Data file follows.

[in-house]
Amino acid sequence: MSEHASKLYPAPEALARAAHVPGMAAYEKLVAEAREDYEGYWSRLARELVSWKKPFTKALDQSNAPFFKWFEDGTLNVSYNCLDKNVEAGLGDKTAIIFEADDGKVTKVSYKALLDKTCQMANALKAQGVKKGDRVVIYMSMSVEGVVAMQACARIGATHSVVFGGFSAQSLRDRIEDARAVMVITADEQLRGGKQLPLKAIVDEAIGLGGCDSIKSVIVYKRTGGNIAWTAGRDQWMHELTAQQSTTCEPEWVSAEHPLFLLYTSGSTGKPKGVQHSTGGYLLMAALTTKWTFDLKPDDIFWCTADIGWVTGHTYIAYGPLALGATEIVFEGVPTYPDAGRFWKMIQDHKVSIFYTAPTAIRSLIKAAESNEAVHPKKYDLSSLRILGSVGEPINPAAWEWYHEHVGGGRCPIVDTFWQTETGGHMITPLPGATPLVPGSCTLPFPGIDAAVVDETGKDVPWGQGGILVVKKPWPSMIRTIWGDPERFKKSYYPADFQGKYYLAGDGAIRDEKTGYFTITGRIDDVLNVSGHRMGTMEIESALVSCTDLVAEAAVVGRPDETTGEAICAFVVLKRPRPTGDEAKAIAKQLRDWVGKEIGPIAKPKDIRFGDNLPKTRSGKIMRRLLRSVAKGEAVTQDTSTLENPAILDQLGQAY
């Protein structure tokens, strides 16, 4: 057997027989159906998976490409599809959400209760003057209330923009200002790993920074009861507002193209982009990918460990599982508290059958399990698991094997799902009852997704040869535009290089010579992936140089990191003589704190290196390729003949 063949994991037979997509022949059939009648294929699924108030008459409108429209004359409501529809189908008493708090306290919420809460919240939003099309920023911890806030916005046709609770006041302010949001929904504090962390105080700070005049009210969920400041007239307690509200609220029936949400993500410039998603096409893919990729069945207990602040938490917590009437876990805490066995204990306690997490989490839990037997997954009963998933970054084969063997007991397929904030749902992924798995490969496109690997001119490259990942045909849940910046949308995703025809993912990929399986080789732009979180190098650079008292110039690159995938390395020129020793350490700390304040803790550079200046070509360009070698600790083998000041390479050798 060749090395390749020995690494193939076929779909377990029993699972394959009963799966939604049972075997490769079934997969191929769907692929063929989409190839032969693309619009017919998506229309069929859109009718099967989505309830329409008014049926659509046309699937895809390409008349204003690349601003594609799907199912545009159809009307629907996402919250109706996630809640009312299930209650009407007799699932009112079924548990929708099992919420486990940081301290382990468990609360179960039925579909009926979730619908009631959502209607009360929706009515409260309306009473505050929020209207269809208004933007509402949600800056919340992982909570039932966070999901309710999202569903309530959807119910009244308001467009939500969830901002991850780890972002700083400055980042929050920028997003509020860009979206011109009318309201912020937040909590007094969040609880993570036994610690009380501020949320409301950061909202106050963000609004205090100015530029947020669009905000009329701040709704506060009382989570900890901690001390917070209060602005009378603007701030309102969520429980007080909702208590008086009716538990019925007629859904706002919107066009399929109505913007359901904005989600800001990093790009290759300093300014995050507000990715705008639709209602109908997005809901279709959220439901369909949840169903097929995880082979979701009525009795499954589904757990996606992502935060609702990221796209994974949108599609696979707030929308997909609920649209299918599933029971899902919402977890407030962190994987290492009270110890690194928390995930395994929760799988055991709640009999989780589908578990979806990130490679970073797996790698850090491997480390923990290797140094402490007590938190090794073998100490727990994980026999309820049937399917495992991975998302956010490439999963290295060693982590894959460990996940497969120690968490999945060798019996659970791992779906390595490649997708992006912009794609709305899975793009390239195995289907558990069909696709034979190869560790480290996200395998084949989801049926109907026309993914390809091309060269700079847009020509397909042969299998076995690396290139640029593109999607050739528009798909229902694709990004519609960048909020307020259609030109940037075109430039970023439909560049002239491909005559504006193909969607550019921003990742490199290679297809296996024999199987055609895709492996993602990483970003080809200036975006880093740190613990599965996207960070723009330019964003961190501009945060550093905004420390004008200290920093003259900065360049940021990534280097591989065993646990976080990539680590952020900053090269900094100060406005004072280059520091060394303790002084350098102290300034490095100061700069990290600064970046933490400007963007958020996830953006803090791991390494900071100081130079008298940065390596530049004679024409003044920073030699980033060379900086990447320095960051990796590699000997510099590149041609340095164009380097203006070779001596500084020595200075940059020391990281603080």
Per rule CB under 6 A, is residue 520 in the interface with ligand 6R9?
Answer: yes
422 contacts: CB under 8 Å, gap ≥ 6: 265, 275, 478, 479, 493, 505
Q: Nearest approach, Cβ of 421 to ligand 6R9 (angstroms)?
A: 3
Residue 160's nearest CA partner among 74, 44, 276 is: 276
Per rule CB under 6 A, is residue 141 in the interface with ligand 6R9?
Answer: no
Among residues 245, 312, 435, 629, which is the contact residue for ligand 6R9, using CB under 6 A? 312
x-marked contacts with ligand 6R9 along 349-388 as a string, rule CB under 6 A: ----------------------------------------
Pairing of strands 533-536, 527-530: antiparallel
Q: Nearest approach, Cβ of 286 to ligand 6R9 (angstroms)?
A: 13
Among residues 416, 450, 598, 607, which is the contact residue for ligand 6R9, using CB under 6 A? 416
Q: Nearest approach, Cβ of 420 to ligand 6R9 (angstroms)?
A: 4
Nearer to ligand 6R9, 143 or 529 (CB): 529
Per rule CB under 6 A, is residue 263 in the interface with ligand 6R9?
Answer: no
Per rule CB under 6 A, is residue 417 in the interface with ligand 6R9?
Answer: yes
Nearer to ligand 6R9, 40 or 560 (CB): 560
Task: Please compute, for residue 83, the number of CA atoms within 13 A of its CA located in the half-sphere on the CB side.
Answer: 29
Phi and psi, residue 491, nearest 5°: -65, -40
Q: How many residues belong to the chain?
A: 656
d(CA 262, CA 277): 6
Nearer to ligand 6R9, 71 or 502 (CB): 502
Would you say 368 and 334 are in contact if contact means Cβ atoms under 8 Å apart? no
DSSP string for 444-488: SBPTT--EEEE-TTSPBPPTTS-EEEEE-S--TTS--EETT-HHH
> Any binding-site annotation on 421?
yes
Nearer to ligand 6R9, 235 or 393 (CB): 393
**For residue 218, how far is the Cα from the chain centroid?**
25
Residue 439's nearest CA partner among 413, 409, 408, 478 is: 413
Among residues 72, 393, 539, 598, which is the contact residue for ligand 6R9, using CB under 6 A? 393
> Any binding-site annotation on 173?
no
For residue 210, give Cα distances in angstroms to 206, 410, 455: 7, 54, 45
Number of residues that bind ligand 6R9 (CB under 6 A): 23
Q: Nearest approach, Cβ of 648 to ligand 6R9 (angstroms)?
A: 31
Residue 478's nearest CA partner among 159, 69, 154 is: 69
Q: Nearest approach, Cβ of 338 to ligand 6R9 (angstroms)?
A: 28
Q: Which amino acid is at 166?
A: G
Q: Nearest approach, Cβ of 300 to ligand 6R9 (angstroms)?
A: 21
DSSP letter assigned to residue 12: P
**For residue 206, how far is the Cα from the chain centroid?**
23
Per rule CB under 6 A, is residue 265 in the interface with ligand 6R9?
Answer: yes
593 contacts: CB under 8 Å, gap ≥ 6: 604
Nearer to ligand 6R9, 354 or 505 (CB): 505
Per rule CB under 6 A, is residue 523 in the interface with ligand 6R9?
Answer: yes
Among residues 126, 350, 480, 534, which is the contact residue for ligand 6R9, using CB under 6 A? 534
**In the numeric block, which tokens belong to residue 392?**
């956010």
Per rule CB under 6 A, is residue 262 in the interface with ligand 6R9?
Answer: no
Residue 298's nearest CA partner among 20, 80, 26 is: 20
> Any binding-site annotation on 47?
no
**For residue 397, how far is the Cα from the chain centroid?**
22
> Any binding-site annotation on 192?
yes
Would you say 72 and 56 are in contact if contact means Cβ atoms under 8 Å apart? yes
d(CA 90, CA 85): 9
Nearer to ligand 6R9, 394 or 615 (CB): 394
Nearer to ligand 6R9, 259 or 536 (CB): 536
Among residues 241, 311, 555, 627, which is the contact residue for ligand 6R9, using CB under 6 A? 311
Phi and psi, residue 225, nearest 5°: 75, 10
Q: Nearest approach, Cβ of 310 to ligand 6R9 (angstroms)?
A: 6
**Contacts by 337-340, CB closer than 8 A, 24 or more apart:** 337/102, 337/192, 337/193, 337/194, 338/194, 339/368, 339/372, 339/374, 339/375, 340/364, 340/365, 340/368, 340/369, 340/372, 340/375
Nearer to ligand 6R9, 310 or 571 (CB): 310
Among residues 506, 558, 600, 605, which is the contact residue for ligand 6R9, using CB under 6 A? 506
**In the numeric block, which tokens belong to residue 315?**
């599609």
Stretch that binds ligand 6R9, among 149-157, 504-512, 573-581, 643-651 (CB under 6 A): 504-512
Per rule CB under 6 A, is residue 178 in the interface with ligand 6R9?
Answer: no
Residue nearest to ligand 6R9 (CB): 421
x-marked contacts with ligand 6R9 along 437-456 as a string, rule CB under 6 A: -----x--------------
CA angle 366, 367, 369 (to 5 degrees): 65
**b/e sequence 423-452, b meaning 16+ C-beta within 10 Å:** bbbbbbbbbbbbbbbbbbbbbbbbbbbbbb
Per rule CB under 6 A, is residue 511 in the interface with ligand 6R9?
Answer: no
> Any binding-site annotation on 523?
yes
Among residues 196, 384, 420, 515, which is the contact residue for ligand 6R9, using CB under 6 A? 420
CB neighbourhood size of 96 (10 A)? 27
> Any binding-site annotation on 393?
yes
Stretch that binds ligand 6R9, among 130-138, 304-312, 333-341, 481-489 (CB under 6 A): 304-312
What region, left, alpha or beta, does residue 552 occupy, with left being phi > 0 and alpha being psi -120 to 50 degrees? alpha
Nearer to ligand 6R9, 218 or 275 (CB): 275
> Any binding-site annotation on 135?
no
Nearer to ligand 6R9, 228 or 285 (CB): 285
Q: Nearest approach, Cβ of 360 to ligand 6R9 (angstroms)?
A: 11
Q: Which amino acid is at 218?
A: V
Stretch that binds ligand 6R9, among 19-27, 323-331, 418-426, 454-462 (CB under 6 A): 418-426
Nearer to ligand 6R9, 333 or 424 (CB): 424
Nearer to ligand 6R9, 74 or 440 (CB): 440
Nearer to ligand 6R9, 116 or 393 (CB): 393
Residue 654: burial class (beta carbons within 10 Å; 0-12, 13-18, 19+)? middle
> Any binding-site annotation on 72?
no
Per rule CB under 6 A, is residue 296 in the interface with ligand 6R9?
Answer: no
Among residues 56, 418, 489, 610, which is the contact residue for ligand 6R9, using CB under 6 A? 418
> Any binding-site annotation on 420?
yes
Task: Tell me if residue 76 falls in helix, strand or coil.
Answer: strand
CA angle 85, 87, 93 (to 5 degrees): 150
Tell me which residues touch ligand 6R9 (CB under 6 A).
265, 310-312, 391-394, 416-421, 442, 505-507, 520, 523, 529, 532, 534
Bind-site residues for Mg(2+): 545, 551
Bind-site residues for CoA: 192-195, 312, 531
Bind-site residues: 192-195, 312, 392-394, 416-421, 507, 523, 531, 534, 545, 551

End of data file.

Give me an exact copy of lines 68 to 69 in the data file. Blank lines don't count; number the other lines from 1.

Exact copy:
Answer: no
Residue 298's nearest CA partner among 20, 80, 26 is: 20